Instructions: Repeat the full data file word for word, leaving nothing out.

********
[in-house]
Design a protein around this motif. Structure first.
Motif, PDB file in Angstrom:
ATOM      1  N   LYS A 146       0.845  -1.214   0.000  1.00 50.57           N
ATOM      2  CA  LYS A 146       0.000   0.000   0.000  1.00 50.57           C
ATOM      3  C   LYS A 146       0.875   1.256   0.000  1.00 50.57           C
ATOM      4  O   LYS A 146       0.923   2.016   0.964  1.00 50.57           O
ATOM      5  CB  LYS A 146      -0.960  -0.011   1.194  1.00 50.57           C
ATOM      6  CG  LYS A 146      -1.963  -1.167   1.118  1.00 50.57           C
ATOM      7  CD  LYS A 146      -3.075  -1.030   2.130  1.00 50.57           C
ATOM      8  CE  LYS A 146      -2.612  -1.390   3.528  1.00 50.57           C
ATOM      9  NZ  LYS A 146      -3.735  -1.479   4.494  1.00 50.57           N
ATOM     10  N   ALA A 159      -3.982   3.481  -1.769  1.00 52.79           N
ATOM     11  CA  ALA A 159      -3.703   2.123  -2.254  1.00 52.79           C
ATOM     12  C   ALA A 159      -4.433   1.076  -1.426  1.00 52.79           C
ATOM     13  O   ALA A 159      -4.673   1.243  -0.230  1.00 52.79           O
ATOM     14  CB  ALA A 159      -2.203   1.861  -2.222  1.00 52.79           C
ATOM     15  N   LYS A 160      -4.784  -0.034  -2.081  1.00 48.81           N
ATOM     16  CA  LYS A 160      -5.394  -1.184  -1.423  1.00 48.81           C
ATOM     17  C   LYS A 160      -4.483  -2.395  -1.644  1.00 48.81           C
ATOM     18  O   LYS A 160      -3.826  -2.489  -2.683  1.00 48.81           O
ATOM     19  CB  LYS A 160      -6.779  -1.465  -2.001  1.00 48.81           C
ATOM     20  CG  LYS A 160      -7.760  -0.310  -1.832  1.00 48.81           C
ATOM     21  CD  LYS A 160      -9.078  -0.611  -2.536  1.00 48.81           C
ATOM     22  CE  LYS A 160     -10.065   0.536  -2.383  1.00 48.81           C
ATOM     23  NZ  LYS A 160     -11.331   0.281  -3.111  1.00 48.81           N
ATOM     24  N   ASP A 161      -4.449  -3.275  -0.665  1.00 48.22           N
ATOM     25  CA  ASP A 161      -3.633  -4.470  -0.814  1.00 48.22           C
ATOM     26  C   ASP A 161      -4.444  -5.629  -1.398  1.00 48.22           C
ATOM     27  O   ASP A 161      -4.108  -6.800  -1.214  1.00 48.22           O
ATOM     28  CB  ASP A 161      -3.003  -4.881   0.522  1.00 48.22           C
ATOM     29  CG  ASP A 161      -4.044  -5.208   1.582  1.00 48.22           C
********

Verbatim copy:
[in-house]
Design a protein around this motif. Structure first.
Motif, PDB file in Angstrom:
ATOM      1  N   LYS A 146       0.845  -1.214   0.000  1.00 50.57           N
ATOM      2  CA  LYS A 146       0.000   0.000   0.000  1.00 50.57           C
ATOM      3  C   LYS A 146       0.875   1.256   0.000  1.00 50.57           C
ATOM      4  O   LYS A 146       0.923   2.016   0.964  1.00 50.57           O
ATOM      5  CB  LYS A 146      -0.960  -0.011   1.194  1.00 50.57           C
ATOM      6  CG  LYS A 146      -1.963  -1.167   1.118  1.00 50.57           C
ATOM      7  CD  LYS A 146      -3.075  -1.030   2.130  1.00 50.57           C
ATOM      8  CE  LYS A 146      -2.612  -1.390   3.528  1.00 50.57           C
ATOM      9  NZ  LYS A 146      -3.735  -1.479   4.494  1.00 50.57           N
ATOM     10  N   ALA A 159      -3.982   3.481  -1.769  1.00 52.79           N
ATOM     11  CA  ALA A 159      -3.703   2.123  -2.254  1.00 52.79           C
ATOM     12  C   ALA A 159      -4.433   1.076  -1.426  1.00 52.79           C
ATOM     13  O   ALA A 159      -4.673   1.243  -0.230  1.00 52.79           O
ATOM     14  CB  ALA A 159      -2.203   1.861  -2.222  1.00 52.79           C
ATOM     15  N   LYS A 160      -4.784  -0.034  -2.081  1.00 48.81           N
ATOM     16  CA  LYS A 160      -5.394  -1.184  -1.423  1.00 48.81           C
ATOM     17  C   LYS A 160      -4.483  -2.395  -1.644  1.00 48.81           C
ATOM     18  O   LYS A 160      -3.826  -2.489  -2.683  1.00 48.81           O
ATOM     19  CB  LYS A 160      -6.779  -1.465  -2.001  1.00 48.81           C
ATOM     20  CG  LYS A 160      -7.760  -0.310  -1.832  1.00 48.81           C
ATOM     21  CD  LYS A 160      -9.078  -0.611  -2.536  1.00 48.81           C
ATOM     22  CE  LYS A 160     -10.065   0.536  -2.383  1.00 48.81           C
ATOM     23  NZ  LYS A 160     -11.331   0.281  -3.111  1.00 48.81           N
ATOM     24  N   ASP A 161      -4.449  -3.275  -0.665  1.00 48.22           N
ATOM     25  CA  ASP A 161      -3.633  -4.470  -0.814  1.00 48.22           C
ATOM     26  C   ASP A 161      -4.444  -5.629  -1.398  1.00 48.22           C
ATOM     27  O   ASP A 161      -4.108  -6.800  -1.214  1.00 48.22           O
ATOM     28  CB  ASP A 161      -3.003  -4.881   0.522  1.00 48.22           C
ATOM     29  CG  ASP A 161      -4.044  -5.208   1.582  1.00 48.22           C